Which Joe gave his name to ‘sloppy joes’? We look at five interesting sandwiches and their lexical origins.
A man's wide-brimmed felt hat.
- ‘Gianfranco Ferrè has presented a spring/summer 2003 season of enchanting woman, elegant with their Bogart-style Borsalino hats.’
- ‘The one on the left I'm fairly certain is a narrow-brimmed Borsalino.’
- ‘Sporting a natty double-breasted blazer in subdued chocolate and a smooth-looking white Borsalino, Clyde looks just a little well-dressed for a man fresh out of state prison.’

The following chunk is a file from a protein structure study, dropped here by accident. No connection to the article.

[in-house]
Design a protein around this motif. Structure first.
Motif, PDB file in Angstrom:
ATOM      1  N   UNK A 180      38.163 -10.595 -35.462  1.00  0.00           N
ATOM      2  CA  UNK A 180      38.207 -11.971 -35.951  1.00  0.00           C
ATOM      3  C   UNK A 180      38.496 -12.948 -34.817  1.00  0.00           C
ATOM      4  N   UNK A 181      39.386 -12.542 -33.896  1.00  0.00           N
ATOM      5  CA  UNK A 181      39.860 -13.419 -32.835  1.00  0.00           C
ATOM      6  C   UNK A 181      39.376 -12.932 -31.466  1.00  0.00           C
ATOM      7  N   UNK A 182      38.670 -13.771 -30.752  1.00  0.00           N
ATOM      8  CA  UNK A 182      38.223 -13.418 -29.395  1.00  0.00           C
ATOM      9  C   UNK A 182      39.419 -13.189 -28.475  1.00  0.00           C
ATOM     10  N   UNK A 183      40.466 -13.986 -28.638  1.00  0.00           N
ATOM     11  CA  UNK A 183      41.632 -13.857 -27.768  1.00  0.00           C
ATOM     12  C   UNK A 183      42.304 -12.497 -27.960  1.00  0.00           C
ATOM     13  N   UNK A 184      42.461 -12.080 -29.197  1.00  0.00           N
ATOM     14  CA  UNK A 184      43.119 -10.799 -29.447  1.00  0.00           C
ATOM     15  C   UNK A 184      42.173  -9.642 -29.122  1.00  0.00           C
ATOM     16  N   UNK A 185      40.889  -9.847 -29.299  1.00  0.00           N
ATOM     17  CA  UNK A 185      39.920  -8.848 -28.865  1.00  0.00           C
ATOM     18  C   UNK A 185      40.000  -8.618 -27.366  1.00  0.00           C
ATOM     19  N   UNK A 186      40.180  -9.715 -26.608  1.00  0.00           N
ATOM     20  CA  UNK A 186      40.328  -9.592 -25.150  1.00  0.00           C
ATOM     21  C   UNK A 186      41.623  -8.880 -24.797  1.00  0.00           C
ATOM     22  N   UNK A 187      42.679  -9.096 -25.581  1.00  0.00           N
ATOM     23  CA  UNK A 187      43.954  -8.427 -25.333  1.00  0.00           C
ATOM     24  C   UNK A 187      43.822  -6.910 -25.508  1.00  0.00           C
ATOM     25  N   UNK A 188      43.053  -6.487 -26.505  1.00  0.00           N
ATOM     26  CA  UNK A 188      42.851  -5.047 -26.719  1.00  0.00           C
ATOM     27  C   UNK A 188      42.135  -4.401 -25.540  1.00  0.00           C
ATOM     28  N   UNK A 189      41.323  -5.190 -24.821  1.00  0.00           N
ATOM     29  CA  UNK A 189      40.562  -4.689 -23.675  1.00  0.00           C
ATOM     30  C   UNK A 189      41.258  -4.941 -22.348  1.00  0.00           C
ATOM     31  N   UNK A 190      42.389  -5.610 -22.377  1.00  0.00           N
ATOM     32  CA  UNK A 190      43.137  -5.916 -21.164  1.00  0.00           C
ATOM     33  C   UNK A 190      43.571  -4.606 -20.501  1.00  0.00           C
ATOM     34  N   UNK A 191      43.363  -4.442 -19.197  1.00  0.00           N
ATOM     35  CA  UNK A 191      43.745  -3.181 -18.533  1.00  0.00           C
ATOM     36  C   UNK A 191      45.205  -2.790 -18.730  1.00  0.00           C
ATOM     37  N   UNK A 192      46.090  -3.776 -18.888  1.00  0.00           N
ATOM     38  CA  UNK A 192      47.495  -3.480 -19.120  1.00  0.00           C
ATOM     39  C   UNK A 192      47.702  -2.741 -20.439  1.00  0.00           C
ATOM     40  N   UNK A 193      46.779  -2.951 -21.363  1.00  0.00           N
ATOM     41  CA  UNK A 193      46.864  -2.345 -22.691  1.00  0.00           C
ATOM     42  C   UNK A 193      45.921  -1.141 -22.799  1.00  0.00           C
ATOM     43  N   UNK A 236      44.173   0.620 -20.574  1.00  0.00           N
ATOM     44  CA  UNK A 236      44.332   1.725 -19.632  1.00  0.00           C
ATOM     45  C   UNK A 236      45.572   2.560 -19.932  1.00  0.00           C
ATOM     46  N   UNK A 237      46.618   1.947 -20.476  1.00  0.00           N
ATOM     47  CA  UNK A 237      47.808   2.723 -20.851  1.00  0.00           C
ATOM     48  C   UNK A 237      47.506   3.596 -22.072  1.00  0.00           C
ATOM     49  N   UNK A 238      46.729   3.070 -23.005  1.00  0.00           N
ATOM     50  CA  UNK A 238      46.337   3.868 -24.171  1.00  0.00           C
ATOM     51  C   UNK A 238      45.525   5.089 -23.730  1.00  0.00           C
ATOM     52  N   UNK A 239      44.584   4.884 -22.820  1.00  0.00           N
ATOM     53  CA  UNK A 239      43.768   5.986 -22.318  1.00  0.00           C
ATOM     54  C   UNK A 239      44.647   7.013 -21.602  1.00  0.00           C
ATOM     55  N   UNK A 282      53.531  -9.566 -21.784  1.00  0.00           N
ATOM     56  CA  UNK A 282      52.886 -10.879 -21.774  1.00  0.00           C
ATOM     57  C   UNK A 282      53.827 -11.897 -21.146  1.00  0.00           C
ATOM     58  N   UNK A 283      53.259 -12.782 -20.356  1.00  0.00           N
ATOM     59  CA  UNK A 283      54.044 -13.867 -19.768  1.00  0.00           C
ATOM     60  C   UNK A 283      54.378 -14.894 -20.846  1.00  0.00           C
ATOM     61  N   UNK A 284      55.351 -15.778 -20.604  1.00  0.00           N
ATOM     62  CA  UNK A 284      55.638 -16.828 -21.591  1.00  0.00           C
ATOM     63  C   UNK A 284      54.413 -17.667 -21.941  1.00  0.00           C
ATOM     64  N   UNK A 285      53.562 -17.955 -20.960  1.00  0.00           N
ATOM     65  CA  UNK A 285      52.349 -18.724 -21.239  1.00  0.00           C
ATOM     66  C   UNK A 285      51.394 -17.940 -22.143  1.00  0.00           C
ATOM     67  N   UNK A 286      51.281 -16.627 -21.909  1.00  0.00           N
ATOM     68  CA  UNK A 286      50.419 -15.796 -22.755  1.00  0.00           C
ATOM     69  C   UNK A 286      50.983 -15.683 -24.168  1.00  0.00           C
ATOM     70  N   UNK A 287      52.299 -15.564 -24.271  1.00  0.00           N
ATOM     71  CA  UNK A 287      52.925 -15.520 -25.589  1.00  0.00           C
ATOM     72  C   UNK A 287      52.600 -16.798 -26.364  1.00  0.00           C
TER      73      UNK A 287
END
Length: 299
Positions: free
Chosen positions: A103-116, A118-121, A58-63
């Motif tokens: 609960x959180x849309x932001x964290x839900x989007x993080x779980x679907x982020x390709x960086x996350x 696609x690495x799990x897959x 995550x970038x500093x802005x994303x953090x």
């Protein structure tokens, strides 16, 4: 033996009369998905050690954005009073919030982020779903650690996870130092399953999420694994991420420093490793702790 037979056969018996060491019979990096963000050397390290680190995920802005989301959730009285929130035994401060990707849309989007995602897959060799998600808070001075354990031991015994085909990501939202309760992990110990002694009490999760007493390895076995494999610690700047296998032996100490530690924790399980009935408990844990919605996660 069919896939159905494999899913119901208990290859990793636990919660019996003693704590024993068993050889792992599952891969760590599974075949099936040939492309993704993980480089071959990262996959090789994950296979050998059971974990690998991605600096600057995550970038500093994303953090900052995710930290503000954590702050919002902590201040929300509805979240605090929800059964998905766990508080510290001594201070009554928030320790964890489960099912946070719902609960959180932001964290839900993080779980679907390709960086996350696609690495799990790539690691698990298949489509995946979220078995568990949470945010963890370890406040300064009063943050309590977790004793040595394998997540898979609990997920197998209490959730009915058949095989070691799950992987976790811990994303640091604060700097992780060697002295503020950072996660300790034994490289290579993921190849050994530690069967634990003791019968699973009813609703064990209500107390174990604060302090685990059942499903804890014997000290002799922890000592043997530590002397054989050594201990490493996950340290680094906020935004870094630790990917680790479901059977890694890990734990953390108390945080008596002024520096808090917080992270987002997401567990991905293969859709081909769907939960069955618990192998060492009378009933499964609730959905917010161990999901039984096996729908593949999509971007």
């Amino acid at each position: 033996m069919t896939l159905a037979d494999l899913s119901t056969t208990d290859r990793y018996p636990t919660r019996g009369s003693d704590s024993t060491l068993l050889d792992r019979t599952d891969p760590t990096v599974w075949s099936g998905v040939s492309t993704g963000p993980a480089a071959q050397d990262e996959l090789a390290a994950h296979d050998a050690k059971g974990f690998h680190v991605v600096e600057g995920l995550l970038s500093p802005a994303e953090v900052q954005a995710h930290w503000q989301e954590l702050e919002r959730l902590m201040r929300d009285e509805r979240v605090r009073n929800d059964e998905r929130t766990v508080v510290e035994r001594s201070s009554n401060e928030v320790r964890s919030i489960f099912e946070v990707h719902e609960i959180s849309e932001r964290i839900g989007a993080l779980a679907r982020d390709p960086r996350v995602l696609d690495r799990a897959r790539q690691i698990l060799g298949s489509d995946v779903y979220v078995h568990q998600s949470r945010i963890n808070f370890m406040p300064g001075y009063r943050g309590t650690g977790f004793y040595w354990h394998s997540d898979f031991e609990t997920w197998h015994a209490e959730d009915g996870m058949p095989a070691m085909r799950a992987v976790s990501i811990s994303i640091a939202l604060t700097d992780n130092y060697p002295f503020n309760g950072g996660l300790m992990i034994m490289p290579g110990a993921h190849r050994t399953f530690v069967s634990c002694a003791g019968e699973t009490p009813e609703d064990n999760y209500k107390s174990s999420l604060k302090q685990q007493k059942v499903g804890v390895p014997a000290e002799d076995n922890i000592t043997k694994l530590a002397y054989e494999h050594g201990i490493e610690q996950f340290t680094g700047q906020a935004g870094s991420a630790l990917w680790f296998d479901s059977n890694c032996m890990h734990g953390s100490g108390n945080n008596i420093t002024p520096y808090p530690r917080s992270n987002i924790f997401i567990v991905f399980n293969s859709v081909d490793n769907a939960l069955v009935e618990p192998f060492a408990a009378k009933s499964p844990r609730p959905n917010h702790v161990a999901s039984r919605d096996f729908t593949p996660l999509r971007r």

- ‘It is difficult to imagine smugglers ignoring the conspicuousness of their Borsalinos for decades, but if they did the hat/crime correlation would also be projectable.’
- ‘If you're looking for something traditional and classy, check out the selection of fine Borsalino hats.’
Early 20th century: from the name of the manufacturer.
We take a look at several popular, though confusing, punctuation marks.
From Afghanistan to Zimbabwe, discover surprising and intriguing language facts from around the globe.
The definitions of ‘buddy’ and ‘bro’ in the OED have recently been revised. We explore their history and increase in popularity.